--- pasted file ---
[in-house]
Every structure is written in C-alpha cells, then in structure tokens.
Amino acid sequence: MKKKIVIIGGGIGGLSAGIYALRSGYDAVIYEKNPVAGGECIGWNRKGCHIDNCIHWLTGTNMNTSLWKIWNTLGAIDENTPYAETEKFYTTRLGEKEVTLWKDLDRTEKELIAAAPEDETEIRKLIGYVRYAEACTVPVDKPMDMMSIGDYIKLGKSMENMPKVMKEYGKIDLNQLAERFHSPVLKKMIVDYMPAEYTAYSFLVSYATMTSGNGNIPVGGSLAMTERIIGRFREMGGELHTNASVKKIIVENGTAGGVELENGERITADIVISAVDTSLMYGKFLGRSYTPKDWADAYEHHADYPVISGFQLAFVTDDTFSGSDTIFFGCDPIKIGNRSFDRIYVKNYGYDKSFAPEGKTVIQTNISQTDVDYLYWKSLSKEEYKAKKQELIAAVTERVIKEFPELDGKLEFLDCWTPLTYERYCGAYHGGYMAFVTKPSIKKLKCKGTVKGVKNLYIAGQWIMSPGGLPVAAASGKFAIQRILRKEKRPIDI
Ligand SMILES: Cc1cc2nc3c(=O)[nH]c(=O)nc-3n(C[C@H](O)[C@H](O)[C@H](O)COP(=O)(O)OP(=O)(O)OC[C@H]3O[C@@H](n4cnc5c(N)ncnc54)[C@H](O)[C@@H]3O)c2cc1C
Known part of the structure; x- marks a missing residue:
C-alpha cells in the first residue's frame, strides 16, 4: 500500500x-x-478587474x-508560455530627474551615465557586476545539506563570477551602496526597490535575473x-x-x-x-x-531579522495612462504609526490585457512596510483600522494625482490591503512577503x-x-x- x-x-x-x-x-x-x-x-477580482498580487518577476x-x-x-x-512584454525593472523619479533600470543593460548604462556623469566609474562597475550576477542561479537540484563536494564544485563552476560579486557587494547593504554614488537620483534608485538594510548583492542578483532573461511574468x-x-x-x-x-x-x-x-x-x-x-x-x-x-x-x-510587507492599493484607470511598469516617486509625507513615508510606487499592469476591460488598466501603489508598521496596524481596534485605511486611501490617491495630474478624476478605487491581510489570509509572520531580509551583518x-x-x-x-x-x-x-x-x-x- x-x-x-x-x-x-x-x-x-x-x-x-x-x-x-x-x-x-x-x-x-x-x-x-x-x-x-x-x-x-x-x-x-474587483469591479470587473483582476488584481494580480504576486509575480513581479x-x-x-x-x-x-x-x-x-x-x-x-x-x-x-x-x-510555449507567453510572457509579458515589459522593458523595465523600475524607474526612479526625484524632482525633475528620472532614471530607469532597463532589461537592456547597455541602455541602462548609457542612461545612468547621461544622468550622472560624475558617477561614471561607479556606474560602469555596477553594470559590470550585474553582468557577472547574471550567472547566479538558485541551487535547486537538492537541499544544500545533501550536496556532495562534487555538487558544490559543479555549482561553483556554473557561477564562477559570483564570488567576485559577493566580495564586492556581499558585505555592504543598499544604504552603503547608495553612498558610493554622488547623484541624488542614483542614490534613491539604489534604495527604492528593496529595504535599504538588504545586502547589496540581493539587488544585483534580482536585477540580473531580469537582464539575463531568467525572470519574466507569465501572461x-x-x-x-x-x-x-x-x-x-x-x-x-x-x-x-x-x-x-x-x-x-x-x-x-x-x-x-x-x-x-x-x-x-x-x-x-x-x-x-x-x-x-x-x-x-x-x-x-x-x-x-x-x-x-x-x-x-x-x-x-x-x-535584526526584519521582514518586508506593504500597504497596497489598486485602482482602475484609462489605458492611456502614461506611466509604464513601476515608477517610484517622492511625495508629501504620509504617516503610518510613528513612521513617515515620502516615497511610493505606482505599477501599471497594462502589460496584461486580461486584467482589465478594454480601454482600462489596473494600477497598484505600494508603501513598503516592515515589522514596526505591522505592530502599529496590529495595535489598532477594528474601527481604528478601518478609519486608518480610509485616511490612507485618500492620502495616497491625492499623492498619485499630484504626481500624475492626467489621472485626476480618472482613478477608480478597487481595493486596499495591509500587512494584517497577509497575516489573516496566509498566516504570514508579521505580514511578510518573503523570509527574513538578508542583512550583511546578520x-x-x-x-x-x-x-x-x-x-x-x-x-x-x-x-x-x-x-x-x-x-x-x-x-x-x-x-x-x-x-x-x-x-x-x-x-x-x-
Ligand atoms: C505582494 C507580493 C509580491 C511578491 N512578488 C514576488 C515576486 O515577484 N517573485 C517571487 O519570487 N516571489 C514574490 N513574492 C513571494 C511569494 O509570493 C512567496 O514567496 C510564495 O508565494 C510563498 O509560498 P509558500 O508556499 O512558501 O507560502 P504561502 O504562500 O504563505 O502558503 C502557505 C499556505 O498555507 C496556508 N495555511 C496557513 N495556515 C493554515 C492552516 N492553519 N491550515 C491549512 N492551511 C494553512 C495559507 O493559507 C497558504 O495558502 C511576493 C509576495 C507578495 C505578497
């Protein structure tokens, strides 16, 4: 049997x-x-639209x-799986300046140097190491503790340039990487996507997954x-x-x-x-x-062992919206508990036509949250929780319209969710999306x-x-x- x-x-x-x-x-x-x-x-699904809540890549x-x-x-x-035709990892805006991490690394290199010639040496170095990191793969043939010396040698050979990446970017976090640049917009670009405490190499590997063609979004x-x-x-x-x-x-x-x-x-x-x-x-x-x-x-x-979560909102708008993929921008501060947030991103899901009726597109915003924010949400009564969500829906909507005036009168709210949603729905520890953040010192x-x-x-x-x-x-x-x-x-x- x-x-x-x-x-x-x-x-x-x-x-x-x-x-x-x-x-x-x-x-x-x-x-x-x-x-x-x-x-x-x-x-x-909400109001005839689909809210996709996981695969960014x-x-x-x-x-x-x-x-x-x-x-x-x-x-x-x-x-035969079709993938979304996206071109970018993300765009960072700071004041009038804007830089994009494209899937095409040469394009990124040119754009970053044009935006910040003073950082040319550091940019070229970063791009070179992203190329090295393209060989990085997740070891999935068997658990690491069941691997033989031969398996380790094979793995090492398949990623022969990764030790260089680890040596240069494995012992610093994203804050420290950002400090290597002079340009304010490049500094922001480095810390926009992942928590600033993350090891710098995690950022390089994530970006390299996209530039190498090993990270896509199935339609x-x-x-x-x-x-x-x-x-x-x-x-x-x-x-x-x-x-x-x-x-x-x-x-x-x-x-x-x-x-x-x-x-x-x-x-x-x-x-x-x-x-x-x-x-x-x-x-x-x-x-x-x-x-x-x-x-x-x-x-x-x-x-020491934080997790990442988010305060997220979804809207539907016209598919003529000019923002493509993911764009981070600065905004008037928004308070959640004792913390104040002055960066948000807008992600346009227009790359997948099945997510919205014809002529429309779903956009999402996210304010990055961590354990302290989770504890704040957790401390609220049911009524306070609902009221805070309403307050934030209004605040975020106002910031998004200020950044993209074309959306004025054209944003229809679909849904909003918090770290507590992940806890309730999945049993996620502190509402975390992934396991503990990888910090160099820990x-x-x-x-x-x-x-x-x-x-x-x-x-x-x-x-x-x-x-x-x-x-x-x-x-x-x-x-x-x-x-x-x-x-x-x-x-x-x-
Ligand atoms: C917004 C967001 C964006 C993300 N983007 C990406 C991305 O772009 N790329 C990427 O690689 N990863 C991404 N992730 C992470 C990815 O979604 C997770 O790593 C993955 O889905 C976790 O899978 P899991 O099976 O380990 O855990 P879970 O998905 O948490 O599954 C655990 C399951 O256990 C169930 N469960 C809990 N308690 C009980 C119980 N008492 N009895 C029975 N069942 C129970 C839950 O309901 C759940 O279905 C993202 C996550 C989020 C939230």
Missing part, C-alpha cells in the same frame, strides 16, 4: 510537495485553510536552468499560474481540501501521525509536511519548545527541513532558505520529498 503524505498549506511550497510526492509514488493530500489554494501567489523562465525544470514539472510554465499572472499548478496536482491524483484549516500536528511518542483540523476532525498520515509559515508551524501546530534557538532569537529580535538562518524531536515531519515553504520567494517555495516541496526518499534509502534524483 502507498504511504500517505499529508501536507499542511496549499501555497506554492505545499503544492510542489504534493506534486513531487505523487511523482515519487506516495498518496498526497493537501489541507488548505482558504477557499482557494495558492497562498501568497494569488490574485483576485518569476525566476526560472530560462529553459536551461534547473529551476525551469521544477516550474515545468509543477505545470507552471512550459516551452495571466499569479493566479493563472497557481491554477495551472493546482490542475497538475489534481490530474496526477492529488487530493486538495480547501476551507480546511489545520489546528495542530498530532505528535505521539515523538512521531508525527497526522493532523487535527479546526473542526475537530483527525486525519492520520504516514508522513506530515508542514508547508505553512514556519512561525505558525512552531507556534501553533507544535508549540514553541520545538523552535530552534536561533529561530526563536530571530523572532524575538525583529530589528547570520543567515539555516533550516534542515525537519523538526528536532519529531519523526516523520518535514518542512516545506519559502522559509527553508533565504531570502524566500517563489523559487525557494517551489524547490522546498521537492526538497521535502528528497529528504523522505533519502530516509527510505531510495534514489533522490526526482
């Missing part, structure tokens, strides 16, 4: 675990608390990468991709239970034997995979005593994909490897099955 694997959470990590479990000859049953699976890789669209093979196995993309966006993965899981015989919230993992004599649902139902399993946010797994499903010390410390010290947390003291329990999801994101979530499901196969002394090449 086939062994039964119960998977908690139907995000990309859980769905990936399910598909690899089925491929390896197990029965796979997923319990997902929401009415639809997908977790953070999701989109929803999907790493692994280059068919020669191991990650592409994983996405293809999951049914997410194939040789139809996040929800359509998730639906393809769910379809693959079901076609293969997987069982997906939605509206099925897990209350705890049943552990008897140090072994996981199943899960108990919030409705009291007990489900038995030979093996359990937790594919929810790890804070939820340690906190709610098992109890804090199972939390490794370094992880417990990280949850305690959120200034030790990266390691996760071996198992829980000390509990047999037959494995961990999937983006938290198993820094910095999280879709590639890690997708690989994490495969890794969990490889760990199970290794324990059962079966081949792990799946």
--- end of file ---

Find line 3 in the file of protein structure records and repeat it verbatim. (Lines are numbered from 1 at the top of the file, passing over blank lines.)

Amino acid sequence: MKKKIVIIGGGIGGLSAGIYALRSGYDAVIYEKNPVAGGECIGWNRKGCHIDNCIHWLTGTNMNTSLWKIWNTLGAIDENTPYAETEKFYTTRLGEKEVTLWKDLDRTEKELIAAAPEDETEIRKLIGYVRYAEACTVPVDKPMDMMSIGDYIKLGKSMENMPKVMKEYGKIDLNQLAERFHSPVLKKMIVDYMPAEYTAYSFLVSYATMTSGNGNIPVGGSLAMTERIIGRFREMGGELHTNASVKKIIVENGTAGGVELENGERITADIVISAVDTSLMYGKFLGRSYTPKDWADAYEHHADYPVISGFQLAFVTDDTFSGSDTIFFGCDPIKIGNRSFDRIYVKNYGYDKSFAPEGKTVIQTNISQTDVDYLYWKSLSKEEYKAKKQELIAAVTERVIKEFPELDGKLEFLDCWTPLTYERYCGAYHGGYMAFVTKPSIKKLKCKGTVKGVKNLYIAGQWIMSPGGLPVAAASGKFAIQRILRKEKRPIDI